As the largest subcategory within the paint industry, wear-resistant coatings are a lucrative business, providing vital equipment and services to the military, automobile manufacturers, and the oil industry.
For instance, as of 2014, wear coatings for marine use were worth an estimated $400 million on their own. That same year, the automotive industrial coatings market was worth $2 billion, making it the largest market for coatings in the world.
Across all industries, two most commonly used industrial coatings are chrome and thermal.
Pick Your Poison: the Drawbacks of Chrome and Thermal Coatings
Chrome is cheap and easy to install, but is less durable than other methods.
On the other hand, thermal spray coatings can provide a strong, dense molten layer to industrial equipment. However, the disadvantages to this method can inhibit the quality of the coating at the end of deposition.
Thermal spray industrial coatings are effective when done correctly, but the uniformity of the coating is often compromised due to a lengthy application process. In the effort to make each surface coating as uniform as possible in thickness, very small areas of the object are spray coated at once, as working around curves and edges of a product poses issues. The machines used to perform this task need to be customized — another long process — meaning that it could take a full day to coat just one product using a thermal spray.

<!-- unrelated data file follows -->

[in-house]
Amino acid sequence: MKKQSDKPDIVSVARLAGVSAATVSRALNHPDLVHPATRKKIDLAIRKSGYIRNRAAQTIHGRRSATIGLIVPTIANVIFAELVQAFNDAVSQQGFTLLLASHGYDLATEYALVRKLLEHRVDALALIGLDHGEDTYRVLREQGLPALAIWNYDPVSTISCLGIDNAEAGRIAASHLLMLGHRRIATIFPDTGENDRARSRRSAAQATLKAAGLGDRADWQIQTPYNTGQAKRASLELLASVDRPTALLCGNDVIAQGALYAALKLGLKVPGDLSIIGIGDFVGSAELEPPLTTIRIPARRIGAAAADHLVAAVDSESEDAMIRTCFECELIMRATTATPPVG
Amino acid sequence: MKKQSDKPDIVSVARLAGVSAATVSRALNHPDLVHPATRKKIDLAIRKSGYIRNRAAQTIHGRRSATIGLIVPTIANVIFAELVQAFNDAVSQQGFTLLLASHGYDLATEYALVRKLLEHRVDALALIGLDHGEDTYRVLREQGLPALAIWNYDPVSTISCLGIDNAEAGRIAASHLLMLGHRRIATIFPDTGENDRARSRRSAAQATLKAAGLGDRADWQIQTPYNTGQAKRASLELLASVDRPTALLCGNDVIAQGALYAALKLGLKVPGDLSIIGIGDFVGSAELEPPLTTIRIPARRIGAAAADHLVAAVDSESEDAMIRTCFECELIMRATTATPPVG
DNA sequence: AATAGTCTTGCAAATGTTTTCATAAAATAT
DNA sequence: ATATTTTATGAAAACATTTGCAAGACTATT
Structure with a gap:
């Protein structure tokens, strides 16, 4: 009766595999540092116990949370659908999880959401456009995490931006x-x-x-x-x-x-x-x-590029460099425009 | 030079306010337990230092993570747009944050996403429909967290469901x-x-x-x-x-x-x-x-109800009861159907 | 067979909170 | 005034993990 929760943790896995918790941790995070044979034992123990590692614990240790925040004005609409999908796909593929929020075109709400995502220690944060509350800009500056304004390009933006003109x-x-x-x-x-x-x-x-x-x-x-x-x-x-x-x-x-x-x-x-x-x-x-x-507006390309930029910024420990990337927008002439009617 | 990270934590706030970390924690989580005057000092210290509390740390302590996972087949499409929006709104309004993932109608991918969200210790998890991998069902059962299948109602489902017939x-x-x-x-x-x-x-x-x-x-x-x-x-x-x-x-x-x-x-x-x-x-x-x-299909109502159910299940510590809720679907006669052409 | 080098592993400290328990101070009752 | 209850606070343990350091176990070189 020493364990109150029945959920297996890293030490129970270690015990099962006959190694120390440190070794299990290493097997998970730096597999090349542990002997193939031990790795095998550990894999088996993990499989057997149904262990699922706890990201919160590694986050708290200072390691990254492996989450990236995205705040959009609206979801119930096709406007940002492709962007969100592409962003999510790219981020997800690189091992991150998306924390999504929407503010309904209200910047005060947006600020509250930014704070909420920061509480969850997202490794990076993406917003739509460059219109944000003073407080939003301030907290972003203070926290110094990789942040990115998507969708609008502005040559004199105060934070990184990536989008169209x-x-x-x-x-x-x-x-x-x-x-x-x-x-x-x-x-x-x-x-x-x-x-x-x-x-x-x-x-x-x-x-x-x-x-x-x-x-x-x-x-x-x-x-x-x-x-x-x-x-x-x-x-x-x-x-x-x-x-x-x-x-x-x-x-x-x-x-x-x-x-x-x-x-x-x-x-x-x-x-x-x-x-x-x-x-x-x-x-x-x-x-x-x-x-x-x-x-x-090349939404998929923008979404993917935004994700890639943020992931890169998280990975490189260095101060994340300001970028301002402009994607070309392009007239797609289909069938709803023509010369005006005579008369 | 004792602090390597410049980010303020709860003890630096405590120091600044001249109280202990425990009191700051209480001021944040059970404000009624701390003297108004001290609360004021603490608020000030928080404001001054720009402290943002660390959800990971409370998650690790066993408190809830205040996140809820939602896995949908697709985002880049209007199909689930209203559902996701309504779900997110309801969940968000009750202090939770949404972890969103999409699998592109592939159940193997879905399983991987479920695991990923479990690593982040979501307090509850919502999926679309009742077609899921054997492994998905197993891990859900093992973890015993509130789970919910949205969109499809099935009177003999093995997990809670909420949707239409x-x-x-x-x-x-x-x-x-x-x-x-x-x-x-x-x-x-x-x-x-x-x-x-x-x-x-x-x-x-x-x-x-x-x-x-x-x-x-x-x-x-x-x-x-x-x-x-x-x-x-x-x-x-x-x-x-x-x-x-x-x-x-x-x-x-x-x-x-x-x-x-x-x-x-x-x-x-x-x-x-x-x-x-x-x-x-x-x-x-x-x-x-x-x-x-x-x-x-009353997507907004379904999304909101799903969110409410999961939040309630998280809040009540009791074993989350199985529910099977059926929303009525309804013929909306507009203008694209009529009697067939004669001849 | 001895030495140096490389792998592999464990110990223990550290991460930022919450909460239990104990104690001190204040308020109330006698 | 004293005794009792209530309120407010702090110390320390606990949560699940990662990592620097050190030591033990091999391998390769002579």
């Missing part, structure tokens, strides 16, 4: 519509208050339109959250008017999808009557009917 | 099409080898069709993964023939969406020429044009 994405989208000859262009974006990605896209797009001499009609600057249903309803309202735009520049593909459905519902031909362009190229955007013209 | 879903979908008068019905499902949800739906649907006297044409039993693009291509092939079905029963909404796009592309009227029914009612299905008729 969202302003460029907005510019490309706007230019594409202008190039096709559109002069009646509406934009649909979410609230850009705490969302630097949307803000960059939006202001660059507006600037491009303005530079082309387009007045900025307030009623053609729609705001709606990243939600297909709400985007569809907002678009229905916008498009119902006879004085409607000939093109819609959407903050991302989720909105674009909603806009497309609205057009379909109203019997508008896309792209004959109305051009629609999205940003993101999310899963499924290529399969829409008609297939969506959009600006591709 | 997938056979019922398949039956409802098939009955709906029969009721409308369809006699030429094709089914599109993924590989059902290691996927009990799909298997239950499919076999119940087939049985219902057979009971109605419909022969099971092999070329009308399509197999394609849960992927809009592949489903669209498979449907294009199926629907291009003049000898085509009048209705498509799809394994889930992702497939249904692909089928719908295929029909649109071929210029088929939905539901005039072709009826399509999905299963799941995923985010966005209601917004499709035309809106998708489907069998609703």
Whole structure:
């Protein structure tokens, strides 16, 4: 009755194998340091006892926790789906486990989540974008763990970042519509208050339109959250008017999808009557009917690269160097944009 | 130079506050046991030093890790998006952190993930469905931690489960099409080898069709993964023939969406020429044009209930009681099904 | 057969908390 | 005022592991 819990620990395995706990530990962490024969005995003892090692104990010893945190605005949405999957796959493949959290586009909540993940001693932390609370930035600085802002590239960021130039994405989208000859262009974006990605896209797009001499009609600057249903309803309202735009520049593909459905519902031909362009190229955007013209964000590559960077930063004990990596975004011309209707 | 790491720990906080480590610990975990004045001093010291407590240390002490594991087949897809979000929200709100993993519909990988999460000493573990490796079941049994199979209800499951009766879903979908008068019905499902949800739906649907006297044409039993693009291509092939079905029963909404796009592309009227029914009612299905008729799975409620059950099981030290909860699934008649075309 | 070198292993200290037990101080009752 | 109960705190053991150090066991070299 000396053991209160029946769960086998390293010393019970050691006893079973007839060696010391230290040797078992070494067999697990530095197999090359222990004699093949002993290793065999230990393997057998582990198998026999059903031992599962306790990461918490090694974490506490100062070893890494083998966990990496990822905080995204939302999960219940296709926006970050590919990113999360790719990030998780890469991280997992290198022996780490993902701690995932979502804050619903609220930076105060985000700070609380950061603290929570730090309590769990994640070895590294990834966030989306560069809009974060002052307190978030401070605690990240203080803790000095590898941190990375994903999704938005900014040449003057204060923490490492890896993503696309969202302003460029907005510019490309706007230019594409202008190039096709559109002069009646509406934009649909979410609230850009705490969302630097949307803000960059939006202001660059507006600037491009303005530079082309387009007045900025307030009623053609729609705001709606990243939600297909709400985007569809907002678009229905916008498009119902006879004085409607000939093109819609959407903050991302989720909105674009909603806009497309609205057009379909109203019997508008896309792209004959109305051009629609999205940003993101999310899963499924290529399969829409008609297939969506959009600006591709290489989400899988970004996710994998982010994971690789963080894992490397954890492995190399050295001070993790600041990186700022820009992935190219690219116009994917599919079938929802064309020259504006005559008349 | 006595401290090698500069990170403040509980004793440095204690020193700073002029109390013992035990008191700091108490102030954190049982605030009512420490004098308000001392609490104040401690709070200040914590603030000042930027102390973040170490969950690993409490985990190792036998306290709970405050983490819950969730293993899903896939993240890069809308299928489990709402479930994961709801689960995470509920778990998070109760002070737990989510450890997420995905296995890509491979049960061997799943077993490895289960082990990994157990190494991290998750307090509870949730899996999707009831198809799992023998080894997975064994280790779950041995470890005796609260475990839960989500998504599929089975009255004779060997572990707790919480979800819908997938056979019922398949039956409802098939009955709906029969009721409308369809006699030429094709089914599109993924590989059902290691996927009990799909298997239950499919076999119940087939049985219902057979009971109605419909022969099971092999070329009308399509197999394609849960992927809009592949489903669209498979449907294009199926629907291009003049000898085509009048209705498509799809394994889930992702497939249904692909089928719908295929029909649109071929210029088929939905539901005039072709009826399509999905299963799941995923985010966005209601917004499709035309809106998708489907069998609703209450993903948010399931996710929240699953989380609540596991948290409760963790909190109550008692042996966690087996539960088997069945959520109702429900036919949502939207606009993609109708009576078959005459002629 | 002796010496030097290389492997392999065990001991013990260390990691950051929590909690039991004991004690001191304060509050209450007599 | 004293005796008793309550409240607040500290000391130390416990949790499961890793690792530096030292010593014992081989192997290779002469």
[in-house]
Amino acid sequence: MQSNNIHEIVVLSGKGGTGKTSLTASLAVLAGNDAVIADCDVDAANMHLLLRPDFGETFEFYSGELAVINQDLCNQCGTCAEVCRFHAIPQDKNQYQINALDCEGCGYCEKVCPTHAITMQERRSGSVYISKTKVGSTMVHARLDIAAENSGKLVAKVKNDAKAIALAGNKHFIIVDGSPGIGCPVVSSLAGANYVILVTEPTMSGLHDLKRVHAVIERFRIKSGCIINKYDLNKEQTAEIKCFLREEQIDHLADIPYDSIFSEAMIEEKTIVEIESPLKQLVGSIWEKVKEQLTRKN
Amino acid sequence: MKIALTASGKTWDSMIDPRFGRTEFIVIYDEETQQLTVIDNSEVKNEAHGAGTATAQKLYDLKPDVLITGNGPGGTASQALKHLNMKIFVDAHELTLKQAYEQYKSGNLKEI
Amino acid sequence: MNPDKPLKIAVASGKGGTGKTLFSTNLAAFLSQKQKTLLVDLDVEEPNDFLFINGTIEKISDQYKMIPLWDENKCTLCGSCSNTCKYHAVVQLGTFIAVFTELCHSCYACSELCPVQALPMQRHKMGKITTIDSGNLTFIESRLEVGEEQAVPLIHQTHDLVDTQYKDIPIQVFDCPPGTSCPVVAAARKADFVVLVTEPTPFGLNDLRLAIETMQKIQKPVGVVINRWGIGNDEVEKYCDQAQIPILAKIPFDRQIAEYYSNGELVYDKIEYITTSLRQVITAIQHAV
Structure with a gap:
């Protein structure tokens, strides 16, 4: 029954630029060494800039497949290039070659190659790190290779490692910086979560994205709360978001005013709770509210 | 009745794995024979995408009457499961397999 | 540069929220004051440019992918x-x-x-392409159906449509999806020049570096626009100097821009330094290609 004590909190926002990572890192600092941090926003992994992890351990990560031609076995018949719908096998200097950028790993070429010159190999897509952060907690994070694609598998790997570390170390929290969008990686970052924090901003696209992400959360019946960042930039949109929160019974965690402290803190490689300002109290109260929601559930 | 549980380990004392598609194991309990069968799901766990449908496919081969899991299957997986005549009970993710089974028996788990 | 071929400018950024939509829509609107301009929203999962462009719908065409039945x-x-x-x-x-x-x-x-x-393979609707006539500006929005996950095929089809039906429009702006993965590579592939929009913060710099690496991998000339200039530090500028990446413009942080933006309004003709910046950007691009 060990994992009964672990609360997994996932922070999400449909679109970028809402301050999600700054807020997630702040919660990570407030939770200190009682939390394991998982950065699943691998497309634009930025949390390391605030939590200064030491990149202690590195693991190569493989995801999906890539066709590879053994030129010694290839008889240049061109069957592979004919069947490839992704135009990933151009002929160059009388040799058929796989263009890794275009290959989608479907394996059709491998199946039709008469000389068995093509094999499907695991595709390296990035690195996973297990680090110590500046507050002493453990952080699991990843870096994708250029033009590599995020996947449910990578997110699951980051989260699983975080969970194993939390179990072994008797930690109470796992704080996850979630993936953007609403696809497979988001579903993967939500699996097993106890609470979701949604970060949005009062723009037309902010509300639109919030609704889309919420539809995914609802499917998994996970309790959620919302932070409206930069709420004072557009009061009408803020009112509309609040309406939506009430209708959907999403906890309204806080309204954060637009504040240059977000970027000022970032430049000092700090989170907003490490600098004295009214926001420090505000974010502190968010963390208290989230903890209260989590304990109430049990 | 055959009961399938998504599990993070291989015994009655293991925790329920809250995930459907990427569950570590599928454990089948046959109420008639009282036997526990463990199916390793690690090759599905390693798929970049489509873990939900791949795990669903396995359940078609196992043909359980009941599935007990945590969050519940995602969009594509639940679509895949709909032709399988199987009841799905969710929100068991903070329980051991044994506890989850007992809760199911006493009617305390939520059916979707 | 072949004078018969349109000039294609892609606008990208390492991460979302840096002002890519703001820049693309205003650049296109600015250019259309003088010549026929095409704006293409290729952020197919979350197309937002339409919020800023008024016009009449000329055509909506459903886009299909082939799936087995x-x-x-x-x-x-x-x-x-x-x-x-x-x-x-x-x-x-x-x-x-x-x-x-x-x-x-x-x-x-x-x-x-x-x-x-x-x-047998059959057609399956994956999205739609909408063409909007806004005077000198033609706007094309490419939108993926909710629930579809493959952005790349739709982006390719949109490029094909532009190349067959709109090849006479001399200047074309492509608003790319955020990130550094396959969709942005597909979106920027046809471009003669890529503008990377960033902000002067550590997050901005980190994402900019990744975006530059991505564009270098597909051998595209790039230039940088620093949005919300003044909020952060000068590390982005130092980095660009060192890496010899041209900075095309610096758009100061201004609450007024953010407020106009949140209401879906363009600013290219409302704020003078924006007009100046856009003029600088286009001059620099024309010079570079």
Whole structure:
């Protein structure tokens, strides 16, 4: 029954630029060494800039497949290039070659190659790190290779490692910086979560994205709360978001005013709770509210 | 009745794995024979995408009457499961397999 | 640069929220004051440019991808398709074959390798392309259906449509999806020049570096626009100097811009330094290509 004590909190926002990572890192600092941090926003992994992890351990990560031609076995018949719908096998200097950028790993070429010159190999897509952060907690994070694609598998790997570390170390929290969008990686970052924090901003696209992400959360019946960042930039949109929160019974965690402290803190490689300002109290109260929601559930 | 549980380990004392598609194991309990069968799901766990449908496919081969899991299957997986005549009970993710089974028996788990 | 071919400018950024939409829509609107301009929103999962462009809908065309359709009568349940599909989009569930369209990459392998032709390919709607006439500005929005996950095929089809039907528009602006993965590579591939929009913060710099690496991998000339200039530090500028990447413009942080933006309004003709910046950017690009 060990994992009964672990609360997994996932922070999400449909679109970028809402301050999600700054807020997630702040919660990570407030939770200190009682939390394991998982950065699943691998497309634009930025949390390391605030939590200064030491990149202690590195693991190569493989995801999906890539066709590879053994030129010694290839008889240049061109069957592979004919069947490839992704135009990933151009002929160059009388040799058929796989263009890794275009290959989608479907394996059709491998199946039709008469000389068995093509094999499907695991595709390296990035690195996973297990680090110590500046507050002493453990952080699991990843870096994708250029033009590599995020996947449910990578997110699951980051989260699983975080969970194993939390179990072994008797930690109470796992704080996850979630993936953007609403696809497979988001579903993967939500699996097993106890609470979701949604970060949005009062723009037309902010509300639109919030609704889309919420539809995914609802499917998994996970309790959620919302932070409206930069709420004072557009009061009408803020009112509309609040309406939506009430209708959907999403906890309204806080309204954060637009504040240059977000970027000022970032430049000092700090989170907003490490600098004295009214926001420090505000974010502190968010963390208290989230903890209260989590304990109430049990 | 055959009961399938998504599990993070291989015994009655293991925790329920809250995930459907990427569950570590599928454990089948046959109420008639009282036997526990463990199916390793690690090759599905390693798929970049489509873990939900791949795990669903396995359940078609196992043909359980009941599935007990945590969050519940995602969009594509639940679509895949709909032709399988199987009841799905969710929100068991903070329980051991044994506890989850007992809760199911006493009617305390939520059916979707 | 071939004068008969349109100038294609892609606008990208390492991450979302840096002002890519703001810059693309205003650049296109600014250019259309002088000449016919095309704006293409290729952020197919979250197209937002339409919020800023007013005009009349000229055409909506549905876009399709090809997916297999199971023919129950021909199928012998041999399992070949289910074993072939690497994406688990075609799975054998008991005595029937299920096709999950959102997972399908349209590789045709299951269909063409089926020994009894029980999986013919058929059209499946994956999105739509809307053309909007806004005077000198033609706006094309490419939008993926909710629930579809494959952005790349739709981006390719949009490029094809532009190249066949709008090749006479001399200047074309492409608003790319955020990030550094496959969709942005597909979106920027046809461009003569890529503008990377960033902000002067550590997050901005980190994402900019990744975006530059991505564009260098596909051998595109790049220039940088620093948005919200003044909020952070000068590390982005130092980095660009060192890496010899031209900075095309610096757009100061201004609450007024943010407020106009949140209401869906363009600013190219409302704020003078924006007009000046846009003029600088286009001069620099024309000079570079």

For years, companies have had to choose between unreliable chrome coatings or time-consuming and expensive thermal sprays.
The amount of time spent applying these coatings and programming equipment on a case-by-case basis can cost a company serious amounts of money. While large, simple or flat surfaces can be coated more easily and in less time, products with more advanced geometries are difficult to accommodate. They often require an additional step through another machine to achieve the necessary dimensions.
Is There a Solution?
A revolutionary method of coating has been developed to replace both hard chrome and thermal spray coatings using vacuum coating equipment. Plasma-enhanced chemical vapor deposition as well as physical vapor depositions are used by Duralar’s new coating equipment. The coatings are emitted from sheet material in the form of gas for an even coating. They are also customizable to produce thick or thin coatings depending on the application.
Duralar is the innovator behind this new method and uses the strongest material on earth, diamond, combined with metal to produce exceptionally hard coatings with water and erosion-resistant qualities. Contact Duralar to learn more about the new technology that’s disrupting the industrial and abrasion resistant coatings market.